by Vatsala SethiDec 31, 2022
“When utilitarian value is taken away from an object, what remains?” This is an interesting question posed by Ken Kelleher, who describes himself as an artist with a focus on sculpture, digital animation and furniture. While his background is in fine art and architecture, he has also worked in advertising and branding as a digital designer. He has been working with digital sculpture for the last five years, and explains his fascination to STIR, saying, “I decided to have a go at learning 3D after seeing some other large-scale installation sculpture projects and feeling very inspired. I had a farm with an outhouse that I turned into my sculpture studio, but being one person on my own, I couldn’t fabricate the things I was imagining. Once I learned 3D, and saw that I could make things at any scale and place them in many types of environments, similar to how an architect does it, I was hooked. I began designing and making pieces every day.”
Kelleher explains that he was quite enamoured by formal steel sculptors such as David Smith and Anthony Caro during his time in art school. He also explored the works of sculptors from the New York School, along with abstract expressionists. His perspective on material expanded rapidly since then, and he tells STIR, “For the last 20 years or so after art school, I made my living as a digital designer as I wasn't able to set up a studio space to make sculpture until a few years ago. Since getting back into sculpting my influences have greatly expanded to be more informal, multi-material, inspired by the likes of Richard Deacon, Phyllida Barlow, Tony Cragg, as well as Franz West, Martin Puryear, Jay Kelly, Mel Kendrick Thomas Kiesewetter and Misha Kahn.” Kelleher enjoys fewer limitations with regards to materials, and remains open to exploring work in many forms and formats.
Kelleher explains, “Sculpture for me is an inquiry into the deep and mysterious nature of things.” He continues, reposing his question, saying “When utilitarian use is taken away from an object, or to be broader, a series of objects or forms, what remains? An artist once said, ‘sculpture is a journey of curiosity made visible’, which I agree with. I like the idea of taking basic, elemental shapes and inflating them, altering them, and then stacking and shaping them. Once I am done with one piece, I usually have ideas for several others. The amount of variety that can be produced by moving one or two shapes through space is amazing. I particularly enjoy taking three basic forms and uncovering all the possibilities of how they can be arranged. Then there’s material, which adds another layer of interpretation and process. The visual expression I try to achieve is one that is open to interpretation. In one piece, someone may see something playful, or whimsical. Another may be so uncanny as to make them feel strange. Think of these huge, non-utilitarian forms, set down in the midst of our busy world, which accelerates ever faster every year, towards who knows what end. The sculpture may very well get in your way. It may interrupt your path. Does it make you stop? Does it make you wonder?” The artist’s sculptural forms certainly support his efforts to advance discussions around how we interpret form and purpose: his works are complex and often inscrutable, but he has also created pieces that are disarmingly simple, and other works yet that fit somewhere in between. All of these come together as a rich body of craft to be engaged with and meditated upon.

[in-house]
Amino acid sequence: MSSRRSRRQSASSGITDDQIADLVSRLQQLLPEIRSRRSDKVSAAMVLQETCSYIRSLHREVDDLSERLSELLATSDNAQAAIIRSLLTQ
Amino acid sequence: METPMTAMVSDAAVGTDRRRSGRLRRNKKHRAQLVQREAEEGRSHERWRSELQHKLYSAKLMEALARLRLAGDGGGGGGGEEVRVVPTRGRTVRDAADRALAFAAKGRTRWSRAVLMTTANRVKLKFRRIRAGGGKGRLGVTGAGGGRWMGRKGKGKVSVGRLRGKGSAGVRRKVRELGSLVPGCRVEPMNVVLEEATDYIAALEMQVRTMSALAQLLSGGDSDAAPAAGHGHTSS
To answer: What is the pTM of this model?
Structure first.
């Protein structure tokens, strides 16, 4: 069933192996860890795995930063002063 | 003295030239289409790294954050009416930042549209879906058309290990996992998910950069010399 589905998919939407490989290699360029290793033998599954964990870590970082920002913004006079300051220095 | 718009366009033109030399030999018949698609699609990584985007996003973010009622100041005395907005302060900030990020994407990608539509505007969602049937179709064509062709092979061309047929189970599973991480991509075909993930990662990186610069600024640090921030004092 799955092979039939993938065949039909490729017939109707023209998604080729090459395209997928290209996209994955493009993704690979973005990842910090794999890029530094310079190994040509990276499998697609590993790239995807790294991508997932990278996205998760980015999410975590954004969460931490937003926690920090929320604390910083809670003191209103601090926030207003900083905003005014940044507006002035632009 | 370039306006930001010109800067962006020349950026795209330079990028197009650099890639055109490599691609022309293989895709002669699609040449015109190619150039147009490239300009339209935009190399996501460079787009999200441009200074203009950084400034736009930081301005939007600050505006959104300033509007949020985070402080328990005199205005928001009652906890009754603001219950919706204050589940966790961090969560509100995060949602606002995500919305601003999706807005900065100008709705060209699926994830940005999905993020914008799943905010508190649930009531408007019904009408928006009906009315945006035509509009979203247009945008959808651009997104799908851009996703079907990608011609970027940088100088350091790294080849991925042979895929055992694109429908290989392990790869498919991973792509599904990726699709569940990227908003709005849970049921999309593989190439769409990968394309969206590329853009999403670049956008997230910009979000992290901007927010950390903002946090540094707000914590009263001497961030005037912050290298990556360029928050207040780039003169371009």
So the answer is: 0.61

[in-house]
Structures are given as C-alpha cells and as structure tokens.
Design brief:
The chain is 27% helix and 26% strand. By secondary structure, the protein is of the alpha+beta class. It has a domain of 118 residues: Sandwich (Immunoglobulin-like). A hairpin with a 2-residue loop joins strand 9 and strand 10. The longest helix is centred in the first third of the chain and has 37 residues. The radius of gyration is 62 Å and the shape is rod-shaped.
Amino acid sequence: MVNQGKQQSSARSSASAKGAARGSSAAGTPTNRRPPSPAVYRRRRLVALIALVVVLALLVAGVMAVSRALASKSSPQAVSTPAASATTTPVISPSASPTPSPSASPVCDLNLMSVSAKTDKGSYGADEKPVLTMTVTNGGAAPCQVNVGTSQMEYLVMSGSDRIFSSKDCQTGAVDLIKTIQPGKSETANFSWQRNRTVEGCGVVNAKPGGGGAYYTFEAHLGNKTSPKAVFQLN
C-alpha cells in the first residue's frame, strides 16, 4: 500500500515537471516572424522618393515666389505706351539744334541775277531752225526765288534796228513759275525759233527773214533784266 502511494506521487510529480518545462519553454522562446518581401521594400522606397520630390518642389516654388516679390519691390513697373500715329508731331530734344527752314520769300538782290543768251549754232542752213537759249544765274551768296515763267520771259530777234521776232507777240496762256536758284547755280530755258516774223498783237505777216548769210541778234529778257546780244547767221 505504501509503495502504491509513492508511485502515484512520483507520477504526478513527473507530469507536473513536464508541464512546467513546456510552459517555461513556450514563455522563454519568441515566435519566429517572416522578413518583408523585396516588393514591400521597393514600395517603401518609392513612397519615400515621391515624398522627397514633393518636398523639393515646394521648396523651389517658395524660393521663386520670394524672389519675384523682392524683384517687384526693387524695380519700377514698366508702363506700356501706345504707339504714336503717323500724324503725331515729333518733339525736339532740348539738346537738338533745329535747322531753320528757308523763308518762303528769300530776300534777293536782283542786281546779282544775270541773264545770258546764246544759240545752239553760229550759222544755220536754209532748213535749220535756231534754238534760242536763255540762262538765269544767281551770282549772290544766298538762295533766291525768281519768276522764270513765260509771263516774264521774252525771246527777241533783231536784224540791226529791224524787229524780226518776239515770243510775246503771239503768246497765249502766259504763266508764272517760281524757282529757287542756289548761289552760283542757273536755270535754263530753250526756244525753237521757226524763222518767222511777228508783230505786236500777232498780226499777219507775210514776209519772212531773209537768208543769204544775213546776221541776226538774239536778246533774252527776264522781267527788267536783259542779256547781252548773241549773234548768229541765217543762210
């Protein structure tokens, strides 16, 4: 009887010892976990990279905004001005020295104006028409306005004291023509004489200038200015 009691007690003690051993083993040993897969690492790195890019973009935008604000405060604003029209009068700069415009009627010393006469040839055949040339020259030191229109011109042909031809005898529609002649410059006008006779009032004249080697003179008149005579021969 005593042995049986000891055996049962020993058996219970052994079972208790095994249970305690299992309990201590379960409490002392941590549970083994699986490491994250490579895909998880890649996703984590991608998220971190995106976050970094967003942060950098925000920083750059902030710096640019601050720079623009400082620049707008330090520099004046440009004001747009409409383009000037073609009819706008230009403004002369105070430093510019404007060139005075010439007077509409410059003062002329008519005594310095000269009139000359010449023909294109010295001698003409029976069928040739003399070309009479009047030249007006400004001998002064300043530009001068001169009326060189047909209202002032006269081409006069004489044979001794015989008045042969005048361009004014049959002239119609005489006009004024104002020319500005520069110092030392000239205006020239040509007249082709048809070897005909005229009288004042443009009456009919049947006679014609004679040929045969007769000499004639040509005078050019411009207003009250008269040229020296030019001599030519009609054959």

Kelleher’s message is directed more towards artists, as opposed to his audience. He wants practitioners to remember that there are always many routes to tackling a question, and expands on this, saying “don’t let yourself get in your own way, but rather put imagination first and try to imagine without boundaries. It’s very easy to put boundaries on what you can do. I let the creative process of exploration guide me. My message is that you don’t have to be stuck doing the same thing over and over, and you don’t have to be classified in any particular way as an artist. Instead, let what you are imagining guide you, and allow yourself to be inspired each time you sit down to work. Who knows where your new ideas will lead you?” A deeply meaningful statement to be certain, no less because of the increasing risk of silo-fication today: artists are journeying deeper than ever before into specific facets of practice, and often forget to observe their own adjacencies or explore alternate perspectives.
More recently, the digital artist has become involved in the NFT/ crypto space. He explains that he had been largely ambivalent towards it until the past spring, which is when the famous Beeple sale happened. Kelleher was intrigued by the possibilities of the space, and promptly traded his Mac for a dual 3090 PC and started working on animations. He adds, “I enjoy NFTs, and am excited to see the extra revenue stream for artists. I am looking forward to seeing how it grows and develops over time.”
Kelleher believes that there’s still a lot of hype around the first wave of NFT artists, and he definitely wants to see promoters and platforms work harder to develop and launch new talent, rather than just have all the platforms promoting the same small pool of artists at every event. This is an opinion many will echo, as practitioners from all over the world are trying to enter this new space and partake in the opportunities it presents. Kelleher remains optimistic, saying that he believes the NFT/ crypto art world is starting to move away from that, and new creatives - each bringing wildly varied and exciting works, are bound to show up on the scene sooner than later. One hopes that the artist will be proven right, and that the art world at large will be better off for it, with a new generation of better organised, financially stable practitioners further pushing the boundaries of their craft.